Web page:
AI and machines’ ability to learn introduces a host of new opportunities for brands and content producers, most notably hyper-personalization at unprecedented scale. This ranges from big, unstructured data analysis to advanced segmentation, from anthropomorphized virtual agents to all manner of biometrically enabled recognition, such capabilities enable altogether new modes of personalization but also come with a host of new risks.
Companies have always had to avert technology-related fumbles and contend with PR threats or disgruntled customers, but the rise of automation introduces new categories of issues most companies have yet to confront. The good news is that whether deploying machine learning in narrow, experimental pilots or developing enterprise-wide AI programs, there are best practices companies can apply to mitigate the following three risks.
Automating your brand persona
Companies are beginning to leverage AI across myriad brand-to-consumer interactions. Many are using chatbots to extend the brand as a stylist or concierge, easing pressures to buy by developing such bots with personality, advice and the ability to engage far beyond the scope of sales or customer support. While this introduces new ways to scale insights and personalization, it also means companies suddenly find themselves depending on AI to communicate and convey the character of their brand.
Automation may drive scale, but brands risk sacrificing quality for quantity. Off-brand content can be an issue, particularly given machines’ struggle to grasp personality, humor, values, morality, empathy or simple nuance. Ill-timed content is as well because even when tone and quality are right, machine learning models struggle to account for temporal, news-sensitive, cultural or local considerations. And sensitive content, such as relying on code-based avatars to communicate brand policies, expired memberships, breaches or bad news doesn’t always land.
What does AI leadership look like for your brand? Many leading companies are developing cross-functional AI-innovation groups dedicated to optimizing the very use of AI across the organization.
Meanwhile, marketers and communications should double down on defining brand purpose and persona. What qualities does the brand stand for? How will AI support and serve these ends? Design AI-driven workflows with a clear sense of what should remain a human interaction. Dedicate resources to proactively monitoring AI instead of just reacting.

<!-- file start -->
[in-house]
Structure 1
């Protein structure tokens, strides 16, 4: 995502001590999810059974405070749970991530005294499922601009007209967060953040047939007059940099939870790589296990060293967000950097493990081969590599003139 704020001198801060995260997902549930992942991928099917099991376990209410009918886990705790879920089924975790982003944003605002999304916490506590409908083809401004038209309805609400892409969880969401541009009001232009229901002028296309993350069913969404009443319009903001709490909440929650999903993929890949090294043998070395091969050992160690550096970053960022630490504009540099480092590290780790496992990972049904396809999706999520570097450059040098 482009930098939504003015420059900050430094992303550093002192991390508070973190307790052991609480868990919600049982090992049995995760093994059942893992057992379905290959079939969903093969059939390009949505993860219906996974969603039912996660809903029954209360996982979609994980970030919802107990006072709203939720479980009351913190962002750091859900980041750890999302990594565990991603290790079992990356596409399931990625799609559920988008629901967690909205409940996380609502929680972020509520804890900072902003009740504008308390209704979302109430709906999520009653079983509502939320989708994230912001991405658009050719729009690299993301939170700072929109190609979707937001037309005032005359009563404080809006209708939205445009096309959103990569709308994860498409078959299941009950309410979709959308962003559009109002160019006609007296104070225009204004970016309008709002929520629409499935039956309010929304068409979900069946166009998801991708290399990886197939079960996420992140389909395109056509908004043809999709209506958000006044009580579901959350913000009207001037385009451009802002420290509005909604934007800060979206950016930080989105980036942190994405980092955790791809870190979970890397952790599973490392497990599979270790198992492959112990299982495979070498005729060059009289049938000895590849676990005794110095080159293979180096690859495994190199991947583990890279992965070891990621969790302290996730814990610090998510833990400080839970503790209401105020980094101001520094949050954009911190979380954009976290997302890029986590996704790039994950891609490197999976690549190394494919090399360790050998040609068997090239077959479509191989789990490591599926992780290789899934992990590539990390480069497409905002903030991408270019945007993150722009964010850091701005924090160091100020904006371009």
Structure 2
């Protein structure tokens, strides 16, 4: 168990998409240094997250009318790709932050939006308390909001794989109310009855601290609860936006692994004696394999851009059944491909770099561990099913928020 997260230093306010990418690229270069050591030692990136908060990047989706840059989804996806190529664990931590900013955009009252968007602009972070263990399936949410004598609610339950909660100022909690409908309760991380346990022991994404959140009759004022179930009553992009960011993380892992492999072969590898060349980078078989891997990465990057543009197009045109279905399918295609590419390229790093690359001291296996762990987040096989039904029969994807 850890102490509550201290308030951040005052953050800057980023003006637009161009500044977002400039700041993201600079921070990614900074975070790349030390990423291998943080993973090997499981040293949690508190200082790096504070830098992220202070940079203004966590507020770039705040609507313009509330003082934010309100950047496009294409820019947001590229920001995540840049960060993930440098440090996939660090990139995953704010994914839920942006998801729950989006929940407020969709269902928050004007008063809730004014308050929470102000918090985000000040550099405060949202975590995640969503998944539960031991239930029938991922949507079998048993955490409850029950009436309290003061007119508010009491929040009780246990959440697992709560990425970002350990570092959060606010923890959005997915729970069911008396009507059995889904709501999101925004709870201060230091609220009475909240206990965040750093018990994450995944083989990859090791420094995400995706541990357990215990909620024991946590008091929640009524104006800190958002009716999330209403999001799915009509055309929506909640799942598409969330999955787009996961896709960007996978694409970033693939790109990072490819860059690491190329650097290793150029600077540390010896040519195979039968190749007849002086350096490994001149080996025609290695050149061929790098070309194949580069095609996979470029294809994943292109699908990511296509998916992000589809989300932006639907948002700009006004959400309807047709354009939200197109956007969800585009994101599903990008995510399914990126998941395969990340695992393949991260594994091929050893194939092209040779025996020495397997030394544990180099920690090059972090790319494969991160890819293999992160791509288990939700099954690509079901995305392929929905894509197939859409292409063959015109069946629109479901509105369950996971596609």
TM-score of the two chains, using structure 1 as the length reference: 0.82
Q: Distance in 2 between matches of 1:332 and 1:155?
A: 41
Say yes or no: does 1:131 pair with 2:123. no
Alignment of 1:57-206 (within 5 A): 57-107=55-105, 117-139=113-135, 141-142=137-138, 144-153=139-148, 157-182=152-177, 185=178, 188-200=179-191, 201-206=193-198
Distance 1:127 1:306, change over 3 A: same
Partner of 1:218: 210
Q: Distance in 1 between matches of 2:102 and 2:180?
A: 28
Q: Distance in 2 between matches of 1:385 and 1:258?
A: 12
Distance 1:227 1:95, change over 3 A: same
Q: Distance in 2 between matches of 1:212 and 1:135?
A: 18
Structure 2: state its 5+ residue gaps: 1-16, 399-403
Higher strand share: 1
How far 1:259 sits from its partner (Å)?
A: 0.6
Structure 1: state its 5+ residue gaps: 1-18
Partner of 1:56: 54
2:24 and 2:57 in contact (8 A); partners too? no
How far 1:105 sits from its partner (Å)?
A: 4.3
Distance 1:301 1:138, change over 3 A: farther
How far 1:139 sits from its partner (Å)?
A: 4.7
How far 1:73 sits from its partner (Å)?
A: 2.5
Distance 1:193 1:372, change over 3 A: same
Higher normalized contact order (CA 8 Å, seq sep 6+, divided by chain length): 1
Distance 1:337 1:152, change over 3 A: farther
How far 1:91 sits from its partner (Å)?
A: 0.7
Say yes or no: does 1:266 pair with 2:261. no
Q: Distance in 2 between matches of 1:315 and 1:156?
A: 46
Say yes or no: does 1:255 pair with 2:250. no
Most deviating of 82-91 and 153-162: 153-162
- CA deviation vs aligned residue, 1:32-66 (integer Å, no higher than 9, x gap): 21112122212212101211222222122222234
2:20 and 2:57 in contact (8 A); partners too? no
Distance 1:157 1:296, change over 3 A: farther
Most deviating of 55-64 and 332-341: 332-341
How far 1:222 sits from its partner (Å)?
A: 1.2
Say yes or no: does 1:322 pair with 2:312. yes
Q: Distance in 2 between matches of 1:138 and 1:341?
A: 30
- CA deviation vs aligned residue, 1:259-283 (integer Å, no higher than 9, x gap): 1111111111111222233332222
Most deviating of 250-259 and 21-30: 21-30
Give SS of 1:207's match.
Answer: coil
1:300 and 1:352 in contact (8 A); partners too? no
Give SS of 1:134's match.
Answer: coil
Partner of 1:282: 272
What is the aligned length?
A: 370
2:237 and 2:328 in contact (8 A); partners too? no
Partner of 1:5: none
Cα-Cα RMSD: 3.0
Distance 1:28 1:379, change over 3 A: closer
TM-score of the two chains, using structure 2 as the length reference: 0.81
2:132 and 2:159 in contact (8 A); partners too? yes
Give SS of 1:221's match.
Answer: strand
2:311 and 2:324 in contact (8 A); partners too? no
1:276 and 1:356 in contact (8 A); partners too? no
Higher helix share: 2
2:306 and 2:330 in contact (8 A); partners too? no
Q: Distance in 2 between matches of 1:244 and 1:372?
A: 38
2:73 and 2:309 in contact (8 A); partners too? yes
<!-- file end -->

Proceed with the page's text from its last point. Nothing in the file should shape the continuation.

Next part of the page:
AI suffers from an introspection problem. Understanding why and how an outcome was reached remains an opaque endeavor. Which factors, layers and nodes carried the greatest weight in decision-making is useful context to have.
In an age of eroding trust, the need for transparency is also evolving alongside political and cultural adaptations to automation. For example, GDPR outlines new requirements for user consent as well as how personally identifiable data can be used for automated profiling. Further, brands must realize that the need for transparency in AI models isn’t just an internal issue but has customer ramifications that get to the heart of trust. Some 81 percent of consumers expect companies to tell them when and how they are using AI. Meanwhile, brands’ targeting tools are getting sharper, and their capacity to compile and inference on extremely intimate data on individuals amplifies the potential for creepiness.
There are many steps companies can take to demonstrate trustworthiness. As a general rule, err on the side of transparency and inform users when and where they are interacting with AI. Develop all AI workflows with triage and escalation plans. Institutionalize knowledge-sharing, employee education and collaboration around AI, and dedicate resources to monitor advancements in AI transparency emerging across vendors, academia and open-source communities.
A new class of liabilities
AI brings a seismic shift to enterprise legal questions. To date, all legal systems regulate human behavior and focus on intent. AI isn’t human, but its application is entirely about understanding and reproducing human cognition. That artificial systems are incapable of forming criminal intent and that they self-learn complicates all matters of fault and foreseeability.
We are just scraping the surface of emerging liabilities brands must consider when applying AI to media, product and processes traditionally delivered with a human touch. What happens when AI makes a decision or recommendation that turns out to be dangerous, disenfranchising or just wrong? Who is liable and how do we define harm? What happens when users communicate potentially sensitive information to a branded bot, such as threats, crimes or suicidal thoughts? What liabilities should employees understand? As brands rely on a value chain of data to train AI, they expose themselves to inadvertent risks such as bad or biased data, manipulation or falsification of content. Who is accountable, and when?
The most immediate action companies can take to mitigate such nebulous liabilities is to lean into AI governance practices with the rigor of a highly regulated industry. Log events associated with AI training, monitor and iterate roll-outs slowly, conduct internal audits, document testing, metrics and how to improve.
This past year also saw the leading tech companies invest in AI ethics and principles. Companies like SAP are building AI ethics advisory boards to advance decision-making and responsible use while others like Apple and PayPal are joining industry consortia like the Partnership on AI for leverage.
When competing for relationships in an age of information onslaught, deploying AI to scale personalization is synonymous with introducing new risks. As arbiters of customer experience, marketers play an active role in helping balance the rewards AI promises, with safeguards and mitigation needed for success.